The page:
Bald Eagle Golf Club at Point Roberts, Wash. found itself totally isolated during the pandemic due to the community’s unique geographical circumstances. The area is surrounded by the Strait of Georgia on three sides with the Canadian border to the north. With the border closed for much of the last two years to non-essential travel—and a small local population—the club had no choice but to close and ride out COVID-19.
When COVID-19 hit, Bald Eagle Golf Club in Point Roberts, Wash. had to shut its doors, lay off workers, and hope the course could tread water until a general state of normality was able to return, FOX 13 Seattle reported. That’s because Point Roberts found itself totally isolated due to the community’s unique geographical circumstances.
Dubbed “America’s loneliest golf course” last year by a national golf publication, Point Roberts is surrounded by the Strait of Georgia on three sides with the Canadian border to the north, FOX 13 Seattle reported. When the border between the United States and Canada was determined to be the 49th parallel, this sliver of land remained U.S. territory despite being disconnected from the rest of Washington state.
With the border closed for much of the last two years to non-essential travel—and a local population of less than 1,200 per the 2020 U.S. Census—the club had no choice but to close and ride out the pandemic, FOX 13 Seattle reported. But after more than two years, the course finally reopened to the public in June.
“We had people that had specifically booked to be here on opening day in support of us,” Assistant General Manager Dee Gough said. “‘So excited. We can’t wait to come back.’ It was really nice to see and to read it off. We had very, very kind words.”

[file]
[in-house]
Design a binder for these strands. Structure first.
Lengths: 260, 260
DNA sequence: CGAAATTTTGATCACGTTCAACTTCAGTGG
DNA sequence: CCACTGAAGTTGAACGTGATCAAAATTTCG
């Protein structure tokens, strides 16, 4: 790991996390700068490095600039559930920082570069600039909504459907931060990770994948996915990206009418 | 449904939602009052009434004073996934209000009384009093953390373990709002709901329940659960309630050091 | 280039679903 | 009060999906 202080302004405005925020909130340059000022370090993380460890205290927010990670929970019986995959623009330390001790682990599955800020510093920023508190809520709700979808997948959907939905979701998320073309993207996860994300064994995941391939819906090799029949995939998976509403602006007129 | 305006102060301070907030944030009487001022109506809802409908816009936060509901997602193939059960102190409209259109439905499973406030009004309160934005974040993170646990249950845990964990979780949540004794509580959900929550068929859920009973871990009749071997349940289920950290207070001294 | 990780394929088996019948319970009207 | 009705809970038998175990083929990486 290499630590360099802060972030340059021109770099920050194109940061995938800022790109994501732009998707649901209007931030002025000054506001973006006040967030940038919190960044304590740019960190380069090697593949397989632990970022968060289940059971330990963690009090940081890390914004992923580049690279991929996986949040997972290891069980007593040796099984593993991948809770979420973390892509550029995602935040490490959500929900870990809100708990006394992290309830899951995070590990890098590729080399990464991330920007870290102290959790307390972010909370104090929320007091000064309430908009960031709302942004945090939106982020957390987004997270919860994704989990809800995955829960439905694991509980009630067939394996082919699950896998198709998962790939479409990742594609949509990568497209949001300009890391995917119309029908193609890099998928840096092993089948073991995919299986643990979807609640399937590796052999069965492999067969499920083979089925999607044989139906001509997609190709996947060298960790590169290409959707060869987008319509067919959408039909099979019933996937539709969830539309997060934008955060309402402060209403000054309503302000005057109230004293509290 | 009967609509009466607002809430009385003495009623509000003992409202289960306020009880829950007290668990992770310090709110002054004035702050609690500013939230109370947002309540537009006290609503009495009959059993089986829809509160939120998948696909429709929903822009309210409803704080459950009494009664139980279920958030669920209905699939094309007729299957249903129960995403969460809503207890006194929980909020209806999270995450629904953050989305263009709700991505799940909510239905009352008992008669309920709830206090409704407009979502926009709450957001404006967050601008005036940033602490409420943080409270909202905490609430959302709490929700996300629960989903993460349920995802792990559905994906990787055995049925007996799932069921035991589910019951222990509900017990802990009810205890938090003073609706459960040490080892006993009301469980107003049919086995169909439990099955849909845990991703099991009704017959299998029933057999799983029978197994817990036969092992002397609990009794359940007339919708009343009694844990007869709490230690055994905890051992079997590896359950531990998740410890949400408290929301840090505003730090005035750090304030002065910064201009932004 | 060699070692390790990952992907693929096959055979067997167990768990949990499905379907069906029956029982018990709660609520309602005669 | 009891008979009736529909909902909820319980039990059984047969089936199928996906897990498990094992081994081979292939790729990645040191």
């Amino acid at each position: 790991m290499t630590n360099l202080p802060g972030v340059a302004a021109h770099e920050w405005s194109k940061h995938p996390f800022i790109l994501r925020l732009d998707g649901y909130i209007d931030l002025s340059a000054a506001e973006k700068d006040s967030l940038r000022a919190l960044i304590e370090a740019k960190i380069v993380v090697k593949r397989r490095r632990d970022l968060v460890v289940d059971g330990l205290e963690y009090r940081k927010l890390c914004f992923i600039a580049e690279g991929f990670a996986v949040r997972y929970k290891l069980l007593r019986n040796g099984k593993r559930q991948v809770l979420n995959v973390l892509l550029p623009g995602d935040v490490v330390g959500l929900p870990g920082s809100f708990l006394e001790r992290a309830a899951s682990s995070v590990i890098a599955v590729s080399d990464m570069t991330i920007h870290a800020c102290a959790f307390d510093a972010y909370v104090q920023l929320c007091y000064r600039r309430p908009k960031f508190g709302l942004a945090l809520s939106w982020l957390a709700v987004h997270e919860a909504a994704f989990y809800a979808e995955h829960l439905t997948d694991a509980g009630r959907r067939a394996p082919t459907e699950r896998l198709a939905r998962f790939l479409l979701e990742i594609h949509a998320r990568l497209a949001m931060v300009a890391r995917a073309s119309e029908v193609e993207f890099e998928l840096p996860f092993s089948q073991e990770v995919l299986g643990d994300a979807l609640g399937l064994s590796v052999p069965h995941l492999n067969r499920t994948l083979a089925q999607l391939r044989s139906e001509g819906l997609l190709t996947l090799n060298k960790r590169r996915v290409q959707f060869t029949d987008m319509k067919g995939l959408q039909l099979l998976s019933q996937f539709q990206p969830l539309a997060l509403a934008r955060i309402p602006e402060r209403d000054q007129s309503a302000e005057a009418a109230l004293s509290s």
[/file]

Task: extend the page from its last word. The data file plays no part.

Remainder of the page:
But getting to reopening was quite the task, FOX 13 Seattle reported. The course had to lay off all of its staff except for Superintendent Rick Hoole. It then fell upon Hoole to find a way to sustain the course as best he could without a maintenance staff or much of a budget at his disposal.
Initially believing the shutdowns would be short-lived, Hoole and his staff continued to maintain the course as normal through the early stages of the pandemic in 2020, FOX 13 Seattle reported. But when it became clear the COVID-19 problem wasn’t going away, Hoole had to lay off his staff and take on the challenge himself.
Local volunteers pitched in to form a makeshift staff to aid Hoole in cutting grass. It no longer became a priority to keep the course mowed to playing standards, FOX 13 Seattle reported. Instead, the fairways, tees and rough were all cut at the same height of two inches to reduce equipment usage and ease the task for the volunteer force.
“I didn’t have much of a budget,” Hoole said. “They wanted me to spend as little as possible. So I was trying to use up some old fertilizer and stuff, which some [of it] wasn’t good for the grass. But you know, you live and learn. It was very heartbreaking.”
General Manager Tracy Evans stayed to help on a volunteer basis as she focused on her job as a realtor during the closure, FOX 13 Seattle reported. Evans made sure payroll was met for Hoole and that bills were paid.
Continued investment into the course from owner Xiao Dan “Coco” Luo was critical in keeping the course afloat, FOX 13 Seattle reported. Evans also said they received a $39,000 grant from the Department of Commerce as one of several distributions made to the Point Roberts community to help its residents survive.
Evans said they didn’t get clearance to move forward with reopening until April 11, 2022, FOX 13 Seattle reported. It then became a two-month sprint to try and get the course back in shape to open and staff in place to begin serving customers again.
“We lost a lot of staff during the pandemic,” Evans said. “Employees that moved away back south, lower 48 [states]. Rick had to put a crew together for maintenance and then it was a matter of getting supplies and we had the supply chain issues.”
The course remains understandably rough around the edges, FOX 13 Seattle reported. Five holes—the 2nd, 3rd, 4th, 9th and 16th—were playing to temporary greens when the course reopened. Three weeks later, only the 4th and 16th remain as temporary greens.